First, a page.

Clayton Levins once expected after graduating from the University of Jacksonville that his path would lead him to the pulpit.
He’s proven himself to be a different kind of evangelist, spreading the word in the Jacksonville area about how local governments can use technology to help solve the most pressing issues they face. .
Levins, 30, is the executive director of Smart North Florida, an organization he describes as a “startup for startups.”
“It was an amazing journey,” he said. “I had no idea it would be a landing spot.”
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Google “innovation” with the name of a major city and this internet search will likely return a hit for some sort of center or hub. In Jacksonville, it’s Smart North Florida.
In one of the nonprofit’s most recent initiatives, it created the Neptune Beach Resilience Lab in collaboration with the City of Neptune Beach, with the goal of quantifying the impact of climate change on coastal communities. .
The partnership partnered with StormSensor, a Seattle-based startup, to install technology in March that captures data on how sea level rise affects the ability of stormwater systems to carry rainwater and prevent flooding.
In another use of the sensors, Smart North Florida is working with the state Department of Transportation to deploy technology developed by Trainfo to track rail and automobile traffic at railroad crossings.
Smart North Florida started internally at the North Florida Transportation Planning Organization and became its own standalone organization in 2021 when it hired Levins as executive director last September.
The North Florida OPC provided a two-year financial commitment in the form of seed capital. The first year of support is $75,000.
Smart North Florida also tried this year to get state financial support to expand these organizations statewide, but that ended in a deadlock in the Legislature.
State Rep. Wyman Duggan, R-Jacksonville, filed legislation that would have allowed organizations like Smart North Florida to be designated by Enterprise Florida as a “Smart Region Area Center of Excellence.”
Duggan said he decided to file the bill (HB 385) after seeing how the North Florida TPO is using technology through its regional transportation management center to improve traffic flow while collecting data that policymakers can use for their long-term decisions.
“It’s incredibly impressive,” Duggan said. “It’s like NASA’s emergency operations center and mission control rolled into one. The way they’re able to take and synthesize all of this data and make predictions, I found it very intriguing.”
Duggan said it’s a model that can be used in other ways to improve government decision-making and operations.
“They connected the dots, if you will,” he said.
Levins said the government hasn’t kept pace with technological change the way private companies have.
“It’s trying new things,” he said. “It’s that simple.”
His own career has therefore had its share of trying new things.
At the University of Jacksonville, he majored in communications and pitched for the baseball team. After graduating in 2014, he worked as a ministry associate, government affairs manager, community relations coordinator and as an “innovation project specialist” at Dystruptek, a subsidiary of The Haskell Company, before to get to work at Smart North Florida.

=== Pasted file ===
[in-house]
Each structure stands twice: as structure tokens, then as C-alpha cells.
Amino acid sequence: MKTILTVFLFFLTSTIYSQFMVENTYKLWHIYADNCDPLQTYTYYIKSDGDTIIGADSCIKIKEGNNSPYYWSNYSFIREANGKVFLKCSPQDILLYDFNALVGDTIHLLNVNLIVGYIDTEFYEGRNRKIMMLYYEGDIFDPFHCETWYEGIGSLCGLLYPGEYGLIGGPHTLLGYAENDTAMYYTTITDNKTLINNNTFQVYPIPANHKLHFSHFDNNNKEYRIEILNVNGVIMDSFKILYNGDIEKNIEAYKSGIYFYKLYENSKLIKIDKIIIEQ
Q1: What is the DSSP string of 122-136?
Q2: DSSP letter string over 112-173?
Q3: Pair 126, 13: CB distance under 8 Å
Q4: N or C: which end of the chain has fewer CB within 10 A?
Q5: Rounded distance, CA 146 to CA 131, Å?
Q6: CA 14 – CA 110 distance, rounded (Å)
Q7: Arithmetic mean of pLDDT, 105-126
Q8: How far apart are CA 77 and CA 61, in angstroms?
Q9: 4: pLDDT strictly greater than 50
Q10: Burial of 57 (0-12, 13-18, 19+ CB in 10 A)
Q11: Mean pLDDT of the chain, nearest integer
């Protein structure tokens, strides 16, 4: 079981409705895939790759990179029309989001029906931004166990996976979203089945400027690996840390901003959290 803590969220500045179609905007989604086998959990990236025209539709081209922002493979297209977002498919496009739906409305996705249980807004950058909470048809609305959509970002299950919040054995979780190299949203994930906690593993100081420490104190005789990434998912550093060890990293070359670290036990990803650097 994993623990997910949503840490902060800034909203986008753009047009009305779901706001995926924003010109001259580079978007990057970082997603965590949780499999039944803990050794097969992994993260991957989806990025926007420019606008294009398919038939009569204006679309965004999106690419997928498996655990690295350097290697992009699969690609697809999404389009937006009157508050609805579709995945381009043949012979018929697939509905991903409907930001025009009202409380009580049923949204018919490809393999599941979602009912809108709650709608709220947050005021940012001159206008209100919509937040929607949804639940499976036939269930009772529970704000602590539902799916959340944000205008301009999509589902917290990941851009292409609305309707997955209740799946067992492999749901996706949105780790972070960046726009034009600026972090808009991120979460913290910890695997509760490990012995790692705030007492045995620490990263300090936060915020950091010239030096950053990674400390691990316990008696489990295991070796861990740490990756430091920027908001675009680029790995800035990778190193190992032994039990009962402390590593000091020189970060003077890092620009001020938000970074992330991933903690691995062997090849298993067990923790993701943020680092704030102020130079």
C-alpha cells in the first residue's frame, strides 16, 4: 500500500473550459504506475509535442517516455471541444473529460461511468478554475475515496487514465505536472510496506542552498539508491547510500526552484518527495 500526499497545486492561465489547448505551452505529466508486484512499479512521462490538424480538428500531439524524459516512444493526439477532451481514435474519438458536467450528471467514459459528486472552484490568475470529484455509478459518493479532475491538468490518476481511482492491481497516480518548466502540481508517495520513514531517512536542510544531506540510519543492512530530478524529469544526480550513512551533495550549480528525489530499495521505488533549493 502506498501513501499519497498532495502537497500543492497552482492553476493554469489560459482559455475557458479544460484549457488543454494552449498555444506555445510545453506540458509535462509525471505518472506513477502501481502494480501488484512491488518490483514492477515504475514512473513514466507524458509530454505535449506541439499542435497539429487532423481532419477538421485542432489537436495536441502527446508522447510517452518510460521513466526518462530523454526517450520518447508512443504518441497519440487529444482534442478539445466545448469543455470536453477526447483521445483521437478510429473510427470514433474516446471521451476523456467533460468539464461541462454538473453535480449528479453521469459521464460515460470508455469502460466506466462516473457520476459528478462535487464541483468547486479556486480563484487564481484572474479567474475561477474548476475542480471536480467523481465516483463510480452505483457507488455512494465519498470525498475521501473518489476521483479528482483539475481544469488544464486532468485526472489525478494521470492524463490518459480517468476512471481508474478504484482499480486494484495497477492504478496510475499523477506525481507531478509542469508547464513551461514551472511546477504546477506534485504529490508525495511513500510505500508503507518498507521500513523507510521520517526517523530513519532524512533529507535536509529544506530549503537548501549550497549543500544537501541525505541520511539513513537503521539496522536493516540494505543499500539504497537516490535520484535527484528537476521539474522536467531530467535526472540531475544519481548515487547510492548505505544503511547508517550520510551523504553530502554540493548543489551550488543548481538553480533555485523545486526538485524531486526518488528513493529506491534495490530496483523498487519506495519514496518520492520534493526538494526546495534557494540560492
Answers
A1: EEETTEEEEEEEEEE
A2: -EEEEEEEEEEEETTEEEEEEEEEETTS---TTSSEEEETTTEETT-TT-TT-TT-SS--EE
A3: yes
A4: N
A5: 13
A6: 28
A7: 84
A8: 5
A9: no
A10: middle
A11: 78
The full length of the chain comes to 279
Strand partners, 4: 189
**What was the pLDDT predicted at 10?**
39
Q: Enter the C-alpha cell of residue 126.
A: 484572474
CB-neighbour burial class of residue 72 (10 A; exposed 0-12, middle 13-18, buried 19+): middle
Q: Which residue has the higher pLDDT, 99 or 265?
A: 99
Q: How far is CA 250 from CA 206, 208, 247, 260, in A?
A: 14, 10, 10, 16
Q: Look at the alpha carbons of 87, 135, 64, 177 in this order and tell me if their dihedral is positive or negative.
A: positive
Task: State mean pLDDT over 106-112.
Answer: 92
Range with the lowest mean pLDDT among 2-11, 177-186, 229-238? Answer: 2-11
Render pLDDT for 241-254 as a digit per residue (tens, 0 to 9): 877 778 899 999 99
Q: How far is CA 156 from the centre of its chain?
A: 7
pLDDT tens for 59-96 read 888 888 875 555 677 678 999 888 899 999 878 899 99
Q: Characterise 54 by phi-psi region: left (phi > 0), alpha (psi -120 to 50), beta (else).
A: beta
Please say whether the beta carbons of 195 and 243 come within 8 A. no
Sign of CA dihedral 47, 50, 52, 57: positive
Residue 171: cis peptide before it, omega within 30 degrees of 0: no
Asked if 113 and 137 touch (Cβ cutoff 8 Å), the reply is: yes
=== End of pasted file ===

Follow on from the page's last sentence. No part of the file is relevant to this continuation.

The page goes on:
Levins said the wide range of possibilities for using technology is what drew him to the position at Smart North Florida. He said that rather than having a career specializing in one area, he sees himself as a generalist who can “learn a little about anything”.
This isn’t the first time Jacksonville has attempted to establish a foothold in tech-inspired development. The city created the Duval County Research and Development Authority in 2008, but plans for a First Coast Technology Park near the University of North Florida never really got off the ground.
Jacksonville had the “Bay Street Innovation Corridor” on the drawing board for a few years. The centerpiece of this corridor would be the Jacksonville Transportation Authority’s plan, called Ultimate Urban Circulator, for automated vehicles that can carry passengers at street level as well as on the elevated structure now used for Skyway trains.
The U.S. Department of Transportation provided a $12.5 million grant in 2018 to help JTA complete the Bay Street Innovation Corridor.
Smart North Florida is working with the City of St. Augustine on completing its Smart St. Augustine Master Plan. The city installed solar-powered trash compactors on St. George Street in 2019 and has a ParkStAug app to pay for parking spots using their cell phones.
In Jacksonville, Smart North Florida worked with LISC Jacksonville on innovation in the property valuation process for homeowners in the Eastside neighborhood, where residents face challenges building generational wealth.
Clay County, Nassau County, Neptune Beach and Keystone Heights use the RoadBotics mobile app which uses cell phones mounted on government vehicles to take pictures of road conditions. These photos are powered by artificial intelligence programs to help the government plan for timely repairs and maintenance.
In the grand scheme of what the government does daily in Northeast Florida, the work of Smart North Florida is a drop in the ocean. But Levins said the approach can be replicated and expanded by taking advantage of new technologies and sharing the vast volume of data already collected in various formats.
“When you talk about innovation, there’s something about creative problem solving that really appeals to me,” he said. “It’s this idea that you can take new concepts and tackle really tough problems.”